CONCORD, N.H. — Two months after New Hampshire Governor Maggie Hassan signed into law an amended Dealer Bill of Rights, John Deere filed an injunction to halt the new bill from going into effect later this month.
John Deere, along with other heavy equipment manufacturers AgCo and Case New Holland, said Senate Bill 126 — a law that limits manufacturers’ facility upgrades to no more than every 15 years and places an emphasis on buying local — wrongfully groups their companies with auto manufacturers.
“It represents an unprecedented level of regulation for our industry and jeopardizes Deere’s ability to do business in New Hampshire by voiding many of the provisions of our dealer agreements,” Ken Golden, director of global public relations for Deere, told the Associated Press last week.
Golden did not respond to requests for comment.
New Hampshire Auto Dealers Association President Pete McNamara argued that the injunction is unfounded. “The claims are inaccurate, and we predict a judge will reject this request to throw out the law,” he said in an e-mailed statement.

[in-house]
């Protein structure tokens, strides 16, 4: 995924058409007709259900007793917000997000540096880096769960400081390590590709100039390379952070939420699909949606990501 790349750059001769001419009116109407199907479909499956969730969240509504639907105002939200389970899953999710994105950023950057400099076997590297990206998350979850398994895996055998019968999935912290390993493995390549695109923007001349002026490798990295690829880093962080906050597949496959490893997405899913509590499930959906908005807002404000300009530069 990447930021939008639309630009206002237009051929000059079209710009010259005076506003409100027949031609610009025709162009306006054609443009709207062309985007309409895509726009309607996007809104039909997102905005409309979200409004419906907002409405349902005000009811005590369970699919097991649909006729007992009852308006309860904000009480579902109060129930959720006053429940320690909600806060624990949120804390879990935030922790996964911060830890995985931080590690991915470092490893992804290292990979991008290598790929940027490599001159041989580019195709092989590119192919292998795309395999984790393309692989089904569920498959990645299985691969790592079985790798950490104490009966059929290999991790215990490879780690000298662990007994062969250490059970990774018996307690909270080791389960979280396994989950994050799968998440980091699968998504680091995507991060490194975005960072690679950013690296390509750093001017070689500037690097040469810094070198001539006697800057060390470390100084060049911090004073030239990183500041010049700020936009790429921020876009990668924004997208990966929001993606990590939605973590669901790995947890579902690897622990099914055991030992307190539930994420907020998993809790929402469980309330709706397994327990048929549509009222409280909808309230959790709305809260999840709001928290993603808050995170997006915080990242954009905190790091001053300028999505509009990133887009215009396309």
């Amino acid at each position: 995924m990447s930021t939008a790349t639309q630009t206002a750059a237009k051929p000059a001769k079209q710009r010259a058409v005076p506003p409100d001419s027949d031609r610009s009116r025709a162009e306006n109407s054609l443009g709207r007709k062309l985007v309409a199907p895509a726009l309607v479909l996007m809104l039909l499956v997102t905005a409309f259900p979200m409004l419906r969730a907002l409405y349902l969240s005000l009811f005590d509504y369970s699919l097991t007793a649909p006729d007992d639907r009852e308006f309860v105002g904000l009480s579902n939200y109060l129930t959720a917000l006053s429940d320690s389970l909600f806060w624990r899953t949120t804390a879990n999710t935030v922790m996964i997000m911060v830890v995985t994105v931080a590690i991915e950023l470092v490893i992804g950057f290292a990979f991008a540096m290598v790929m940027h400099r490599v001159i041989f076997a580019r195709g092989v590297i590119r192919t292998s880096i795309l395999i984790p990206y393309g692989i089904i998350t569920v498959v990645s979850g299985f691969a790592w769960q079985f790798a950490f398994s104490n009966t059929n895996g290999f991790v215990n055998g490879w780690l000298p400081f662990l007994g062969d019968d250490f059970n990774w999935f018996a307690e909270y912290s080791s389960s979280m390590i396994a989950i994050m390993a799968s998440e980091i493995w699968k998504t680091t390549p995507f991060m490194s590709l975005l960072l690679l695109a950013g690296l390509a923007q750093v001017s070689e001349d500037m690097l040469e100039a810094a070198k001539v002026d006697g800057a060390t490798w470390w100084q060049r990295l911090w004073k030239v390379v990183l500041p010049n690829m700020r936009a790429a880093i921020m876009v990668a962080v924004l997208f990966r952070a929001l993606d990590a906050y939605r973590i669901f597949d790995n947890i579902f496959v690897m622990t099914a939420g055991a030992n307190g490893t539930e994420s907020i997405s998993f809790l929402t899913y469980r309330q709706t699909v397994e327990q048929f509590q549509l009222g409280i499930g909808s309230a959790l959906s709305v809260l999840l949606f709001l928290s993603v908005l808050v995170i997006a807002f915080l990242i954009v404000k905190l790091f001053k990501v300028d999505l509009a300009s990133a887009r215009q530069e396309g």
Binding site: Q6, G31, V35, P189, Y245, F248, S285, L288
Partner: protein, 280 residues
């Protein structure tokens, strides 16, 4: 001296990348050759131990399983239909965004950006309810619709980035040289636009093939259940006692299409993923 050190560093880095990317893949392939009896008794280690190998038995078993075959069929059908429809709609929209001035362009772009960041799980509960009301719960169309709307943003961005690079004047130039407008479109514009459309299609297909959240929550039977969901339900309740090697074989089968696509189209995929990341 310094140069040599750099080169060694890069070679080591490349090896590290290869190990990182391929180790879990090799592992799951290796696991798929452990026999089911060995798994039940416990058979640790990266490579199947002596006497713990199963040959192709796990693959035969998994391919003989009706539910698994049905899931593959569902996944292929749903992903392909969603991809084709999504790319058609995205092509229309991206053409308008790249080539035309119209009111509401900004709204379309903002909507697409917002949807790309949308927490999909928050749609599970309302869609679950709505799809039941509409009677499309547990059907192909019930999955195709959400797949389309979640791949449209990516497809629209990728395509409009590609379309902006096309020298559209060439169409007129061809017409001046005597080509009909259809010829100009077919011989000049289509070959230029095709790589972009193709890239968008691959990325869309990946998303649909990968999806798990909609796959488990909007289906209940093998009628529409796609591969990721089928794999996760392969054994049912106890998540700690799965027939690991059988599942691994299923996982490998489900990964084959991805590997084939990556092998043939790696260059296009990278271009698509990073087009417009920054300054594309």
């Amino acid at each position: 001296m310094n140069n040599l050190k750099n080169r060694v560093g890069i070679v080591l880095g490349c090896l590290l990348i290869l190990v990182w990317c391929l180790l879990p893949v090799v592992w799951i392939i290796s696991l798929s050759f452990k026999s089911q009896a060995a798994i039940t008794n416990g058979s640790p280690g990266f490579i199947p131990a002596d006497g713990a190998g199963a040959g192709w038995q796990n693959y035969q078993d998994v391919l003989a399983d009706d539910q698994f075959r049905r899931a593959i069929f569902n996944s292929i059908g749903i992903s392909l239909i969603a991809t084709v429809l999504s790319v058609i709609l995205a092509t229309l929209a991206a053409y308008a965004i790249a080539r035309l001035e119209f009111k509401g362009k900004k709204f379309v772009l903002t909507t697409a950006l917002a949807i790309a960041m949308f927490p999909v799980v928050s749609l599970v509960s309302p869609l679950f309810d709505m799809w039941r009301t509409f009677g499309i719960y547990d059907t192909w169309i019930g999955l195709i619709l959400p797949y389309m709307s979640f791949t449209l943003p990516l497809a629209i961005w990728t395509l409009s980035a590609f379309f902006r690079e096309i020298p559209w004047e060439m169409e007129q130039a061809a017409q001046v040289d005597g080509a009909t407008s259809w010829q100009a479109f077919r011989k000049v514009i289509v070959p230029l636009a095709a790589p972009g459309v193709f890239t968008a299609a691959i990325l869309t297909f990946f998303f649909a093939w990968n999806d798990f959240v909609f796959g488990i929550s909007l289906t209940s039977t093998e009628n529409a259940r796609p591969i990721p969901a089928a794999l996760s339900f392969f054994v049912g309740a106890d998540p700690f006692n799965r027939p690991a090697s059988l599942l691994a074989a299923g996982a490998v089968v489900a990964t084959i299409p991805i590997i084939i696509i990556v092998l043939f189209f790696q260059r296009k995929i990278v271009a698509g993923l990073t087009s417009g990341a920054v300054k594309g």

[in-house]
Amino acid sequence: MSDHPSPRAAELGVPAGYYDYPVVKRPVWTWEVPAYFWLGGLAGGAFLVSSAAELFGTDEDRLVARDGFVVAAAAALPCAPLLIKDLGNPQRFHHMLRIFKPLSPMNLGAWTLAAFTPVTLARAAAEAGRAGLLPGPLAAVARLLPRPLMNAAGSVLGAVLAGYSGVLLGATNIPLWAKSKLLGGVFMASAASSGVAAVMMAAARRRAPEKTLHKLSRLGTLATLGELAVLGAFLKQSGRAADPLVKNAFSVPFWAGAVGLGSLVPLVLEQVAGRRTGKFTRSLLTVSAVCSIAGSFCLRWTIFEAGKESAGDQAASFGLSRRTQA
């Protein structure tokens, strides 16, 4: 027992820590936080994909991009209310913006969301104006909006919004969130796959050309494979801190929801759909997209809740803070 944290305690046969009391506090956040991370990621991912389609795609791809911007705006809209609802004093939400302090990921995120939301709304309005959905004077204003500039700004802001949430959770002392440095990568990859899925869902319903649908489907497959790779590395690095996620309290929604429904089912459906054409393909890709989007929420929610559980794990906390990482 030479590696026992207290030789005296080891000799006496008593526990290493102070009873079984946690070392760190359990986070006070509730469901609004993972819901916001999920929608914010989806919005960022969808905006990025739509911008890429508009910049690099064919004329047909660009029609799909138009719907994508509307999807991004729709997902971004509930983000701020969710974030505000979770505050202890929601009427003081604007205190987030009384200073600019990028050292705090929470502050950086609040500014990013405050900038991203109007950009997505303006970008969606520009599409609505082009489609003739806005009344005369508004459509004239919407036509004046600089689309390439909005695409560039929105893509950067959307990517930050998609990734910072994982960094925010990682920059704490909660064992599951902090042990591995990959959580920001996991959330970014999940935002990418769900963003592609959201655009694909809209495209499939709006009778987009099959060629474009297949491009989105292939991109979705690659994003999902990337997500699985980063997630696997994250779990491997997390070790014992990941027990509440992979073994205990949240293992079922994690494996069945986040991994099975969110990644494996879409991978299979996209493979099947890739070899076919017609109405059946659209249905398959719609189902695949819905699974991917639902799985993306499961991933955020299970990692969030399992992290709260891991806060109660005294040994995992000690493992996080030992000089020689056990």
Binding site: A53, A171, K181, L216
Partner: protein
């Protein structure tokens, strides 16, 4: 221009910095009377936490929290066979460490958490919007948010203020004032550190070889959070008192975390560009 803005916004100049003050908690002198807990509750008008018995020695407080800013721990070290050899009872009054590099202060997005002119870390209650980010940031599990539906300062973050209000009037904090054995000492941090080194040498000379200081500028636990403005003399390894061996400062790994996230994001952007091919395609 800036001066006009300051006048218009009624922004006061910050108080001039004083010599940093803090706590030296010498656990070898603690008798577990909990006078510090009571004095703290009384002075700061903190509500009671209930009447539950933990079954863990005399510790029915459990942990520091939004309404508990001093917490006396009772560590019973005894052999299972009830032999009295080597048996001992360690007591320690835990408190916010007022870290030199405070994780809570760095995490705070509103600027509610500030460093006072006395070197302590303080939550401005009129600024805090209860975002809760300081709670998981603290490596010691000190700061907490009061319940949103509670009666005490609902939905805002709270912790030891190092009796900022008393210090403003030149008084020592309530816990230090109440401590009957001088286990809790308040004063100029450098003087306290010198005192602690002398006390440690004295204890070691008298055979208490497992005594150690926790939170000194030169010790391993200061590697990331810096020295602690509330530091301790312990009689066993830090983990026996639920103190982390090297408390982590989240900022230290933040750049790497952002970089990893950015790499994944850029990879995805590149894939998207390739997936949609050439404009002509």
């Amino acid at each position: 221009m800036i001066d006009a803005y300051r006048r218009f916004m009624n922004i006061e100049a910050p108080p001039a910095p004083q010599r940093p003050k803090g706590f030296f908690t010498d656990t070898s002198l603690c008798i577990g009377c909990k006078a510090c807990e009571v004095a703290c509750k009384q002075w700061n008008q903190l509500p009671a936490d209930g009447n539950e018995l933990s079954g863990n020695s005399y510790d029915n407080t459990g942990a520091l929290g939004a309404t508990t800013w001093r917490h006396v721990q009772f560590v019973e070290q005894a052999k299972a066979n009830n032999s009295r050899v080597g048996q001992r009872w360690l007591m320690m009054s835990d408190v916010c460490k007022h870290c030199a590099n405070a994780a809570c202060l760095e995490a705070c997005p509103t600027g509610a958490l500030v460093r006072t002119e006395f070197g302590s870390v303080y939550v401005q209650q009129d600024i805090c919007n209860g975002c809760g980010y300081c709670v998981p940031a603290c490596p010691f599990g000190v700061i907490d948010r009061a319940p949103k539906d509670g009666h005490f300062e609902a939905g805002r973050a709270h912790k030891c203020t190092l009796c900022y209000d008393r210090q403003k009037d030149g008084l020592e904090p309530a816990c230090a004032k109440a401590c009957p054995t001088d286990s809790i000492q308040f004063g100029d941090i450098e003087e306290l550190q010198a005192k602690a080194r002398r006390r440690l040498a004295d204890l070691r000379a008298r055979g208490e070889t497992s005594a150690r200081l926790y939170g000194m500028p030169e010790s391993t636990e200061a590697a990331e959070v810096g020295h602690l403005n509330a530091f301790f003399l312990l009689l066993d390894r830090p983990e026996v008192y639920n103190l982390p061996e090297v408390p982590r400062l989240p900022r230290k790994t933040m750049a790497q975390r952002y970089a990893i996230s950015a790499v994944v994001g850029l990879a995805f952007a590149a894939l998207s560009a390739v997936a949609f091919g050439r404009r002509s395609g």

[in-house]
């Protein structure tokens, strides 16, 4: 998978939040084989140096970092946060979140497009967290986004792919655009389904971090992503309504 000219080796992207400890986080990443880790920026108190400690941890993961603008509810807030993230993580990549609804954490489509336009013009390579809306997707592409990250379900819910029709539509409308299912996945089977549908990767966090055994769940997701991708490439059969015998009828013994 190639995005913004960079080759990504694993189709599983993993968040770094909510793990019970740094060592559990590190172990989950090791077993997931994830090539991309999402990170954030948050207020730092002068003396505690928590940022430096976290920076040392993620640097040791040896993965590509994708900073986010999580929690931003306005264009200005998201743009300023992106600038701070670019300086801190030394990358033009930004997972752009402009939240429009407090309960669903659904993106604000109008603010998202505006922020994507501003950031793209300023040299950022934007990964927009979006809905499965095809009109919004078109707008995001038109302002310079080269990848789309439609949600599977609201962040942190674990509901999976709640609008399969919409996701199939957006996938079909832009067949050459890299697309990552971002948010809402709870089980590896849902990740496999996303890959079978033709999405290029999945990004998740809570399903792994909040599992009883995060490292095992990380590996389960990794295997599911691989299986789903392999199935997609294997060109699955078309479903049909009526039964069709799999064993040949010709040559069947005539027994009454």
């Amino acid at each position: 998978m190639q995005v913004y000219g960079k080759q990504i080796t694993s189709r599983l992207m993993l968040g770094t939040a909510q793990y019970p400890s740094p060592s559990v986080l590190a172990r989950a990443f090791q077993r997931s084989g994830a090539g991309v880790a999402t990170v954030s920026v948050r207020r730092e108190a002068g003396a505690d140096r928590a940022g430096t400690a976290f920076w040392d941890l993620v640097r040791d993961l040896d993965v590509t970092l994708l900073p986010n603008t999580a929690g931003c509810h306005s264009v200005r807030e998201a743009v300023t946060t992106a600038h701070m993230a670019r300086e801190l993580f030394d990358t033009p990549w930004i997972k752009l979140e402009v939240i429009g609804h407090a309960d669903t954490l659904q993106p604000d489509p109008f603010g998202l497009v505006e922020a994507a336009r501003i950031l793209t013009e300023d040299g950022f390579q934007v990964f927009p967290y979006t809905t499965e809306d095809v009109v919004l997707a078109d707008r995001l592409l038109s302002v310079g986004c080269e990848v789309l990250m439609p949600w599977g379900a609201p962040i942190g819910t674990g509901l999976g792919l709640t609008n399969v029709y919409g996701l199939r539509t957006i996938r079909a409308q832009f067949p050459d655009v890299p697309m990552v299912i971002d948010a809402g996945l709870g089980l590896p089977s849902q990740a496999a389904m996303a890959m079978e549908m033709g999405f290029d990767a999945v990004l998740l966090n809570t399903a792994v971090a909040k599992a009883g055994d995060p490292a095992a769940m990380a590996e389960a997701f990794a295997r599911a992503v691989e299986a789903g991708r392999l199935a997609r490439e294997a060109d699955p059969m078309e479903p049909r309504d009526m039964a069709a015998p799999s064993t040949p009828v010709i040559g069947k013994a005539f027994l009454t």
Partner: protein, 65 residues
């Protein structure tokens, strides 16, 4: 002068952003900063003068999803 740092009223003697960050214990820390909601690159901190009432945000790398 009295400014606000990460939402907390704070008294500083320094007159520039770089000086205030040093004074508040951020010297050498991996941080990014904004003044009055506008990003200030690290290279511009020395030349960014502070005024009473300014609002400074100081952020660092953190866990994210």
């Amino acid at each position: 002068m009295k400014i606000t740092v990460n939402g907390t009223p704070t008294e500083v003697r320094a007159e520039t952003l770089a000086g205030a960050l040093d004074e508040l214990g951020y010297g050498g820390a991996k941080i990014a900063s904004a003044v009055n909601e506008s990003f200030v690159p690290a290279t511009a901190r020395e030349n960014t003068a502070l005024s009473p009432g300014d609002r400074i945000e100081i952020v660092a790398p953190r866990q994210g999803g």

McNamara continued by claiming franchise issues “are similar, if not identical, regardless of the type of product the dealer sells at retail.”
He charged other manufacturer groups with misinterpreting the new law, saying the law will not require equipment manufacturers break existing contracts with dealers. Nor does the law require manufacturers and dealer disputes be settled by the New Hampshire Motor Vehicle Industry Board, rather through arbitration as it currently does, he continued.
“We stand for business owners, the public and with the governor and the legislature in saying this law is good for New Hampshire,” McNamara wrote.
Gov. Maggie Hassan’s office did not respond to comment to address any possibility of revisiting the bill.